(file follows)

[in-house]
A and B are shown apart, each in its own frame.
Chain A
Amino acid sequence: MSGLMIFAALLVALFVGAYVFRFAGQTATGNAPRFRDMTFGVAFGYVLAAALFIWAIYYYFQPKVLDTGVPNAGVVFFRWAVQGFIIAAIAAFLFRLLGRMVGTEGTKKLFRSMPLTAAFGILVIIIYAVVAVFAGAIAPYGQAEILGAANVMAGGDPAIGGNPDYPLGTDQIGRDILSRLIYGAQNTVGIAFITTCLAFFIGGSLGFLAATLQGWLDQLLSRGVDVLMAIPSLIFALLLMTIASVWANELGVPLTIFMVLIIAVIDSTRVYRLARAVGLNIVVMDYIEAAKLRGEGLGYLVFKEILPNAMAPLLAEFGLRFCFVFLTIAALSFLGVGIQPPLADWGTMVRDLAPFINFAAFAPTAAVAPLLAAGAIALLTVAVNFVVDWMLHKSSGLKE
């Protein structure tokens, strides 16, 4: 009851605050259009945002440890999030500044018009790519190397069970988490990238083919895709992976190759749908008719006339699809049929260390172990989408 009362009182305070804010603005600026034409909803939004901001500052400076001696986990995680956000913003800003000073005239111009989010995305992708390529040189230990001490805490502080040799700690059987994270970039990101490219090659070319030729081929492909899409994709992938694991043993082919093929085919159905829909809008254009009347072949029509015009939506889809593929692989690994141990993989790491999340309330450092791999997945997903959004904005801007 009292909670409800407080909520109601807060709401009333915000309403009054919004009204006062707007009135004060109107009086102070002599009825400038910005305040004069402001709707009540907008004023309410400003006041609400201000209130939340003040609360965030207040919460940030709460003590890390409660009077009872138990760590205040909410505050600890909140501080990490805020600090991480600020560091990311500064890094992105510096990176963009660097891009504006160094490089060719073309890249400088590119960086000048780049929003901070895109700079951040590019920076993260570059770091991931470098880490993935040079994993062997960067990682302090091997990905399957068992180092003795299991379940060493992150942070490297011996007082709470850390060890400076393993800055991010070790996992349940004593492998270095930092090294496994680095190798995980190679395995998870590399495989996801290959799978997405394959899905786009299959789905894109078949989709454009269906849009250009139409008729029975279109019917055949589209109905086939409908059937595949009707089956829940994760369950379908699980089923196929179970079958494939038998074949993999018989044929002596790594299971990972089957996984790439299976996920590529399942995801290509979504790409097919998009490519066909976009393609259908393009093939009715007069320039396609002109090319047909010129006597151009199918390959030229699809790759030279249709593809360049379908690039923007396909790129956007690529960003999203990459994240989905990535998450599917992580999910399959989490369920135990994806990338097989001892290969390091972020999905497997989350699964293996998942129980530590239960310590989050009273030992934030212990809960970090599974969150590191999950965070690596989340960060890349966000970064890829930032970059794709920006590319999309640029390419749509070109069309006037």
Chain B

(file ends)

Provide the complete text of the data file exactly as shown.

[in-house]
A and B are shown apart, each in its own frame.
Chain A
Amino acid sequence: MSGLMIFAALLVALFVGAYVFRFAGQTATGNAPRFRDMTFGVAFGYVLAAALFIWAIYYYFQPKVLDTGVPNAGVVFFRWAVQGFIIAAIAAFLFRLLGRMVGTEGTKKLFRSMPLTAAFGILVIIIYAVVAVFAGAIAPYGQAEILGAANVMAGGDPAIGGNPDYPLGTDQIGRDILSRLIYGAQNTVGIAFITTCLAFFIGGSLGFLAATLQGWLDQLLSRGVDVLMAIPSLIFALLLMTIASVWANELGVPLTIFMVLIIAVIDSTRVYRLARAVGLNIVVMDYIEAAKLRGEGLGYLVFKEILPNAMAPLLAEFGLRFCFVFLTIAALSFLGVGIQPPLADWGTMVRDLAPFINFAAFAPTAAVAPLLAAGAIALLTVAVNFVVDWMLHKSSGLKE
């Protein structure tokens, strides 16, 4: 009851605050259009945002440890999030500044018009790519190397069970988490990238083919895709992976190759749908008719006339699809049929260390172990989408 009362009182305070804010603005600026034409909803939004901001500052400076001696986990995680956000913003800003000073005239111009989010995305992708390529040189230990001490805490502080040799700690059987994270970039990101490219090659070319030729081929492909899409994709992938694991043993082919093929085919159905829909809008254009009347072949029509015009939506889809593929692989690994141990993989790491999340309330450092791999997945997903959004904005801007 009292909670409800407080909520109601807060709401009333915000309403009054919004009204006062707007009135004060109107009086102070002599009825400038910005305040004069402001709707009540907008004023309410400003006041609400201000209130939340003040609360965030207040919460940030709460003590890390409660009077009872138990760590205040909410505050600890909140501080990490805020600090991480600020560091990311500064890094992105510096990176963009660097891009504006160094490089060719073309890249400088590119960086000048780049929003901070895109700079951040590019920076993260570059770091991931470098880490993935040079994993062997960067990682302090091997990905399957068992180092003795299991379940060493992150942070490297011996007082709470850390060890400076393993800055991010070790996992349940004593492998270095930092090294496994680095190798995980190679395995998870590399495989996801290959799978997405394959899905786009299959789905894109078949989709454009269906849009250009139409008729029975279109019917055949589209109905086939409908059937595949009707089956829940994760369950379908699980089923196929179970079958494939038998074949993999018989044929002596790594299971990972089957996984790439299976996920590529399942995801290509979504790409097919998009490519066909976009393609259908393009093939009715007069320039396609002109090319047909010129006597151009199918390959030229699809790759030279249709593809360049379908690039923007396909790129956007690529960003999203990459994240989905990535998450599917992580999910399959989490369920135990994806990338097989001892290969390091972020999905497997989350699964293996998942129980530590239960310590989050009273030992934030212990809960970090599974969150590191999950965070690596989340960060890349966000970064890829930032970059794709920006590319999309640029390419749509070109069309006037």
Chain B